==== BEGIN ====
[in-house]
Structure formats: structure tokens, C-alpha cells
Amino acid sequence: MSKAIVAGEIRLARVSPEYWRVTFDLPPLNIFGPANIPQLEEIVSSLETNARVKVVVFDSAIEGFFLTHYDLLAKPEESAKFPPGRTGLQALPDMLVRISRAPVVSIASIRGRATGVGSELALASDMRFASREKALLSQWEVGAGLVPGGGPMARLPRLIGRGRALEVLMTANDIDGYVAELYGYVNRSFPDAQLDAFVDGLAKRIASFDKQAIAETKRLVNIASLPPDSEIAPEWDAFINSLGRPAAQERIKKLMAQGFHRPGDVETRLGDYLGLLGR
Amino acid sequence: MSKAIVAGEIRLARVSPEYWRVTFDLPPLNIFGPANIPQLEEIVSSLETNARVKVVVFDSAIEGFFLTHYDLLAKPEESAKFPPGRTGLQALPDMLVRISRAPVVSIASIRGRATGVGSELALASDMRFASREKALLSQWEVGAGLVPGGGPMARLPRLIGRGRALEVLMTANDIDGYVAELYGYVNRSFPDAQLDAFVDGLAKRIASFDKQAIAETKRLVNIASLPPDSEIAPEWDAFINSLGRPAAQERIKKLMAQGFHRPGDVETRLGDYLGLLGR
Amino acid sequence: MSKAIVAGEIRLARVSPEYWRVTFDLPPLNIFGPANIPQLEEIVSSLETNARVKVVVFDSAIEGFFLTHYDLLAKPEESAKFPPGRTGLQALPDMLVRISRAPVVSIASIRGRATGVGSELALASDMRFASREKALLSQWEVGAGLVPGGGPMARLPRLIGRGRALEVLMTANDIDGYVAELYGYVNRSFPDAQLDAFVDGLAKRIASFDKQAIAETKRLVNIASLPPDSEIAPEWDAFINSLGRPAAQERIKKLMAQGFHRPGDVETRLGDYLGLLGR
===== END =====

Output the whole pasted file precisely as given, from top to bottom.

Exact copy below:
[in-house]
Structure formats: structure tokens, C-alpha cells
Amino acid sequence: MSKAIVAGEIRLARVSPEYWRVTFDLPPLNIFGPANIPQLEEIVSSLETNARVKVVVFDSAIEGFFLTHYDLLAKPEESAKFPPGRTGLQALPDMLVRISRAPVVSIASIRGRATGVGSELALASDMRFASREKALLSQWEVGAGLVPGGGPMARLPRLIGRGRALEVLMTANDIDGYVAELYGYVNRSFPDAQLDAFVDGLAKRIASFDKQAIAETKRLVNIASLPPDSEIAPEWDAFINSLGRPAAQERIKKLMAQGFHRPGDVETRLGDYLGLLGR
Amino acid sequence: MSKAIVAGEIRLARVSPEYWRVTFDLPPLNIFGPANIPQLEEIVSSLETNARVKVVVFDSAIEGFFLTHYDLLAKPEESAKFPPGRTGLQALPDMLVRISRAPVVSIASIRGRATGVGSELALASDMRFASREKALLSQWEVGAGLVPGGGPMARLPRLIGRGRALEVLMTANDIDGYVAELYGYVNRSFPDAQLDAFVDGLAKRIASFDKQAIAETKRLVNIASLPPDSEIAPEWDAFINSLGRPAAQERIKKLMAQGFHRPGDVETRLGDYLGLLGR
Amino acid sequence: MSKAIVAGEIRLARVSPEYWRVTFDLPPLNIFGPANIPQLEEIVSSLETNARVKVVVFDSAIEGFFLTHYDLLAKPEESAKFPPGRTGLQALPDMLVRISRAPVVSIASIRGRATGVGSELALASDMRFASREKALLSQWEVGAGLVPGGGPMARLPRLIGRGRALEVLMTANDIDGYVAELYGYVNRSFPDAQLDAFVDGLAKRIASFDKQAIAETKRLVNIASLPPDSEIAPEWDAFINSLGRPAAQERIKKLMAQGFHRPGDVETRLGDYLGLLGR